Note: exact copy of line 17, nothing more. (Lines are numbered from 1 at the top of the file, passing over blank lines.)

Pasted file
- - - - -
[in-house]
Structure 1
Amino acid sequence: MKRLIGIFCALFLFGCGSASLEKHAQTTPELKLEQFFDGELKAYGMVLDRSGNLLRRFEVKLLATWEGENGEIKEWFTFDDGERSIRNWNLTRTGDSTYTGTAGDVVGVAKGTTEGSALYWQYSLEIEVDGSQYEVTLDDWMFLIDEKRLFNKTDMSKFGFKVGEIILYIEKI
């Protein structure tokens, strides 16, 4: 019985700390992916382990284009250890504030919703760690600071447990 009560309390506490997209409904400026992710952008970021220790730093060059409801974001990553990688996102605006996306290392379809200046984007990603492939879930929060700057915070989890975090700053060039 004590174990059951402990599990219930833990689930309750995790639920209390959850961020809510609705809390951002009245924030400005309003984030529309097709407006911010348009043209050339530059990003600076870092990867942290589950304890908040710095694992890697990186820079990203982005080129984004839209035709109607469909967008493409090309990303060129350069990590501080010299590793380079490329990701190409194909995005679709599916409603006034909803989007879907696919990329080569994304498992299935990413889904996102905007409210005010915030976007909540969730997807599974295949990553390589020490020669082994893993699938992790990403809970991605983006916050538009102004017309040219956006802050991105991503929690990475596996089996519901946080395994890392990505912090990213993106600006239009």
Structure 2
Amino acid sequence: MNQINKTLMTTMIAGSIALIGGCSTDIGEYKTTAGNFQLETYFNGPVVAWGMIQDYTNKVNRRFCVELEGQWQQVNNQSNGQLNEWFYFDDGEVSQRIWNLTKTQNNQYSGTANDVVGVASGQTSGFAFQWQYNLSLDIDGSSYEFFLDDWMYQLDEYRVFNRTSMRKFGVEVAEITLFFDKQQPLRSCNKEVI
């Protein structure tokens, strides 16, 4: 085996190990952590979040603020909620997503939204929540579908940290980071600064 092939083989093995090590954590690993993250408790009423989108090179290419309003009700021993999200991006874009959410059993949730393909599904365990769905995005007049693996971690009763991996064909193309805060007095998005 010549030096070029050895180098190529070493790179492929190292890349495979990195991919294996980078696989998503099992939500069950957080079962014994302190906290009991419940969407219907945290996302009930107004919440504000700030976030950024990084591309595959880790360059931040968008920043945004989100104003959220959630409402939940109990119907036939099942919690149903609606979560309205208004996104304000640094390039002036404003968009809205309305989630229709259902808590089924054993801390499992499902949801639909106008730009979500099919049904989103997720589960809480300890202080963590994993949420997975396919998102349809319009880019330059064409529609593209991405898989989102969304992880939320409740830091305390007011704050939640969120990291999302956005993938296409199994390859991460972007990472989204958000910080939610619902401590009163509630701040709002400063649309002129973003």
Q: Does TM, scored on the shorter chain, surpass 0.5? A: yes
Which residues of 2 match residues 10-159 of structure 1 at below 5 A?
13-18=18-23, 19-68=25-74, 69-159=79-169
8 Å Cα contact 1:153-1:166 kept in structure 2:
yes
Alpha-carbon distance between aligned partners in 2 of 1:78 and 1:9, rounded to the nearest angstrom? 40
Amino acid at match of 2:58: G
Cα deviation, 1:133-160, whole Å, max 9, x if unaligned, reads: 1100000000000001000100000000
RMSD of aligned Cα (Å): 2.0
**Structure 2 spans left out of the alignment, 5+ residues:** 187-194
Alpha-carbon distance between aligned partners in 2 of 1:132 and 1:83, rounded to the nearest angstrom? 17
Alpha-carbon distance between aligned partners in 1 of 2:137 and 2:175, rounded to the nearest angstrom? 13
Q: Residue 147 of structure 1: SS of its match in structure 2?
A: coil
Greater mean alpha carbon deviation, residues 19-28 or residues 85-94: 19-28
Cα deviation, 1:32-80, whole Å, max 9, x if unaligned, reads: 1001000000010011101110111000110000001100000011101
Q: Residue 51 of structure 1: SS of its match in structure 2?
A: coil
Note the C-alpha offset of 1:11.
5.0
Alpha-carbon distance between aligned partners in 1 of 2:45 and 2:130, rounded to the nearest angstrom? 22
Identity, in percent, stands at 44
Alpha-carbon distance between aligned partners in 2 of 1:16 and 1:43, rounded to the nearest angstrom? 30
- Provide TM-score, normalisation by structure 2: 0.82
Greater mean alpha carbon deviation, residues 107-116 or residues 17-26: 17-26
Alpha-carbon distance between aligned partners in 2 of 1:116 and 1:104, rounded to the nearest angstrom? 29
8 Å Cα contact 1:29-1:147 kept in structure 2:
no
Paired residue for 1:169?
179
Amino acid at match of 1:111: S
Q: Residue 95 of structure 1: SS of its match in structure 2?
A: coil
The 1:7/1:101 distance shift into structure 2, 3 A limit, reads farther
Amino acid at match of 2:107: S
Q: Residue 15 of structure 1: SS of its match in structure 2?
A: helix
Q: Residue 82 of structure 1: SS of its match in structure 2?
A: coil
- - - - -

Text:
**Structure 2 spans left out of the alignment, 5+ residues:** 187-194